The second, thoroughly revised and expanded, edition of The SAGE Handbook of Visual Research Methods presents a wide-ranging exploration and overview of the field today. As in its first edition, the Handbook does not aim to present a consistent view or voice, but rather to exemplify diversity and contradictions in perspectives and techniques. The selection of chapters from the first edition have been fully updated to reflect current developments. New chapters to the second edition cover key topics including picture-sorting techniques, creative methods using artefacts, visual framing analysis, therapeutic uses of images, and various emerging digital technologies and online practices. At the core of all contributions are theoretical and methodological debates about the meanings and study of the visual, presented in vibrant accounts of research design, analytical techniques, fieldwork encounters and data presentation. This handbook presents a unique survey of the discipline that will be essential reading for scholars and students across the social and behavioural sciences, arts and humanities, and far beyond these disciplinary boundaries. The Handbook is organized into seven main sections: PART 1: FRAMING THE FIELD OF VISUAL RESEARCH; PART 2: VISUAL AND SPATIAL DATA PRODUCTION METHODS AND TECHNOLOGIES; PART 3: PARTICIPATORY AND SUBJECT-CENTERED APPROACHES; PART 4: ANALYTICAL FRAMEWORKS AND PERSPECTIVES; PART 5: MULTIMODAL AND MULTISENSORIAL RESEARCH; PART 6: RESEARCHING ONLINE PRACTICES; and PART 7: COMMUNICATING THE VISUAL: FORMATS AND CONCERNS.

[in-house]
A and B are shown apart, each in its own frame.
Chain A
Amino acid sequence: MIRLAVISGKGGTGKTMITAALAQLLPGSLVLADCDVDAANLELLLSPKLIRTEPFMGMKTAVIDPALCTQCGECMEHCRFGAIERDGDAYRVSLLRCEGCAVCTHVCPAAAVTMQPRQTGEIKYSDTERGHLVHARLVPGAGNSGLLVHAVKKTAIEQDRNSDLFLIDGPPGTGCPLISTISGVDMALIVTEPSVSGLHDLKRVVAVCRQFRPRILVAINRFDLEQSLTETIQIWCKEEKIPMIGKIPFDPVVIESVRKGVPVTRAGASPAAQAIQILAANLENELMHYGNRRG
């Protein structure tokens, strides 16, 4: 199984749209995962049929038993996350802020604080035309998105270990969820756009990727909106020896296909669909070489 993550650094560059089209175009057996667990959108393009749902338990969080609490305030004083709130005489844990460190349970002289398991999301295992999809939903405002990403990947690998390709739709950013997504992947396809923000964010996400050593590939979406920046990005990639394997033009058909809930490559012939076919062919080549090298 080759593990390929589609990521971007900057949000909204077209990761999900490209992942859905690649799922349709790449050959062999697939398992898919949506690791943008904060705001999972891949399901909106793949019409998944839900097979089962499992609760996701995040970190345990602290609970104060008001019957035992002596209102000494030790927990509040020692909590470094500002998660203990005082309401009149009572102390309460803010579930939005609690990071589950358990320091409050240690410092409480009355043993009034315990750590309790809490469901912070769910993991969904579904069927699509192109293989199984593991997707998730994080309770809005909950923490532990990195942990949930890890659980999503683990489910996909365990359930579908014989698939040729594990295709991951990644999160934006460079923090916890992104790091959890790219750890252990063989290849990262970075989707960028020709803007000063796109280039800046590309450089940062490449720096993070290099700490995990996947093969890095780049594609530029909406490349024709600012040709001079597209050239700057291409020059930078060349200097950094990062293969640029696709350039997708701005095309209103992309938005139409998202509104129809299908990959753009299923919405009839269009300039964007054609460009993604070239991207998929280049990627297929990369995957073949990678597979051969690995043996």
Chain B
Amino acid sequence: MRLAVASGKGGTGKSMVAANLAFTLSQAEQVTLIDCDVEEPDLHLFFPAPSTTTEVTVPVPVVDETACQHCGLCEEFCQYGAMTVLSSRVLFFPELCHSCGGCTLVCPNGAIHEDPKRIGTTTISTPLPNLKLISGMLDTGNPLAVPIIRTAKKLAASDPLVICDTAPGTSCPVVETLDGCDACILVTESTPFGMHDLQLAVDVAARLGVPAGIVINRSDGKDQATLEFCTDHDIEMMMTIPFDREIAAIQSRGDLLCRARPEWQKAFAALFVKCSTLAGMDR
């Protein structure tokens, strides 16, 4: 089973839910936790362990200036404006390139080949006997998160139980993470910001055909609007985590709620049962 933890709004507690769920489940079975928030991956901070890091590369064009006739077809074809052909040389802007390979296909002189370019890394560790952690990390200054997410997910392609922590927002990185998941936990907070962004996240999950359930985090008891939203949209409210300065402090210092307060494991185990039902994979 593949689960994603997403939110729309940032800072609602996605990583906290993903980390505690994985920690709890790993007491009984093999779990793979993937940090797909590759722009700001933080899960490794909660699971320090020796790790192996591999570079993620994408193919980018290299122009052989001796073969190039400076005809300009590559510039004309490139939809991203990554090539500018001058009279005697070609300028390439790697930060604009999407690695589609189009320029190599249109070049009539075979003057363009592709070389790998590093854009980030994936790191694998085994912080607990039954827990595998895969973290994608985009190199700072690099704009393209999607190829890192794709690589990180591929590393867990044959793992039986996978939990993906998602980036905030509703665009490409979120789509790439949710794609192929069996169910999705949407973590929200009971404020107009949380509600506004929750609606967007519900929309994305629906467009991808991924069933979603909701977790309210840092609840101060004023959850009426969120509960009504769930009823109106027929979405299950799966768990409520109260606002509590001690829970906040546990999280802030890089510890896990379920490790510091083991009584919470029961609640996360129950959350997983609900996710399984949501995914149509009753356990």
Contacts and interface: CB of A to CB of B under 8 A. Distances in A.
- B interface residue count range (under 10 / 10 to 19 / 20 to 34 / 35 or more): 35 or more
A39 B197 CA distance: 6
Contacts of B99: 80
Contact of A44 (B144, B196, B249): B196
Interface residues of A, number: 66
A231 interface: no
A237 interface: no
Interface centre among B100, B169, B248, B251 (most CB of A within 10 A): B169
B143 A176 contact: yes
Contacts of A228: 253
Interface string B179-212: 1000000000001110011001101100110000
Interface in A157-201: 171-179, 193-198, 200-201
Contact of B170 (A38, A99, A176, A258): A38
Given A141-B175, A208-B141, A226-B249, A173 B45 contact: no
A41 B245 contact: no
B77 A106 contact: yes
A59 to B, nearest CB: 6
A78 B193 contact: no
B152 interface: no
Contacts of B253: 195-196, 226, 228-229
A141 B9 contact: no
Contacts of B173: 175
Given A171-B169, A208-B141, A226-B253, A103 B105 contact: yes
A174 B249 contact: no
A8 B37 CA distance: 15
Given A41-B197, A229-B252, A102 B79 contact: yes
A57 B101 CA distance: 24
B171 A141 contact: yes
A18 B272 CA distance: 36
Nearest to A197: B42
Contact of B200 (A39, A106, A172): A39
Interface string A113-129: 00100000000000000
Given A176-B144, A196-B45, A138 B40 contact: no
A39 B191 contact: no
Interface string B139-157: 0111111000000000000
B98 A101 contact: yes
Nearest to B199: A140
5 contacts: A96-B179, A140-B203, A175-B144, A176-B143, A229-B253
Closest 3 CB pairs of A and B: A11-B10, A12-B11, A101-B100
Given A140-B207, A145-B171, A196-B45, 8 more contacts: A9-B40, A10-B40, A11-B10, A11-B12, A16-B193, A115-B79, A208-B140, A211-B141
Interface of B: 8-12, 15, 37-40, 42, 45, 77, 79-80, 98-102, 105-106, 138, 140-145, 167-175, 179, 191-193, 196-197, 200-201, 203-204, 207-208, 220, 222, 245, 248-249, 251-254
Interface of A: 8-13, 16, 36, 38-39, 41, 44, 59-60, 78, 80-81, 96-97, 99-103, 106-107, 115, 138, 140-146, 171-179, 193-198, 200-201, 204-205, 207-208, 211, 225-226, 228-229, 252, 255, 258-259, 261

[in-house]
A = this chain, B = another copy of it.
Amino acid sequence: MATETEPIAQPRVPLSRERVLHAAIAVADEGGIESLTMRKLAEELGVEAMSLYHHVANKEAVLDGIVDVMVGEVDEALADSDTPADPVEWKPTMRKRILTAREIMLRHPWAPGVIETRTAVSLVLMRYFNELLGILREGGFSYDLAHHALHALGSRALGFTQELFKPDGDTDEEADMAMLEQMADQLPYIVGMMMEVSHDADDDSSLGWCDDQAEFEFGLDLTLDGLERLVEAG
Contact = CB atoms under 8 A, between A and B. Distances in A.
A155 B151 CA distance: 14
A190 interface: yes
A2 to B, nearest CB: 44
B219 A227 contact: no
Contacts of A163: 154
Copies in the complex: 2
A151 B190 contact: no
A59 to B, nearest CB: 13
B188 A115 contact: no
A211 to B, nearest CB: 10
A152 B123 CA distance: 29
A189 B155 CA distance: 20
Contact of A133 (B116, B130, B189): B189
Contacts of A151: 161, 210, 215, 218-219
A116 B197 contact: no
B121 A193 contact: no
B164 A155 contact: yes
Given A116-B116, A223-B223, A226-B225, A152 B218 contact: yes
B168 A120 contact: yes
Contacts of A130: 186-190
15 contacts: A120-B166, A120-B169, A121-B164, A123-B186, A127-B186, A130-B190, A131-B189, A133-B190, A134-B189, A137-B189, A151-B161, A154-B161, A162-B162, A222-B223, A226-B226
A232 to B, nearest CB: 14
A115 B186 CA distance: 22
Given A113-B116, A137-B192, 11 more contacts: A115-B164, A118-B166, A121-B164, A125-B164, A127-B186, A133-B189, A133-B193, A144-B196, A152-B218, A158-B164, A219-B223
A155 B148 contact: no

Chapter 6: Rephotography for Documenting Social Change1

Rephotography for Documenting Social Change1

Rephotography for documenting social change
Jon H. Rieger

Introduction

The employment of temporally ordered photographs to show change has been a common practice for many years. Sociologists have long been interested in studying change – in particular, social change – but have not until recently developed methods for harnessing photographs to study it. In this chapter, I describe several ways in which photographs may be used in documenting social change and in fostering the development of insights about the meaning and significance of that change.

Photographs as Sociological Evidence

Research on a complex phenomenon such as social change almost inevitably requires the use of indicators. We gauge social change by examining a variety of things, such as ...

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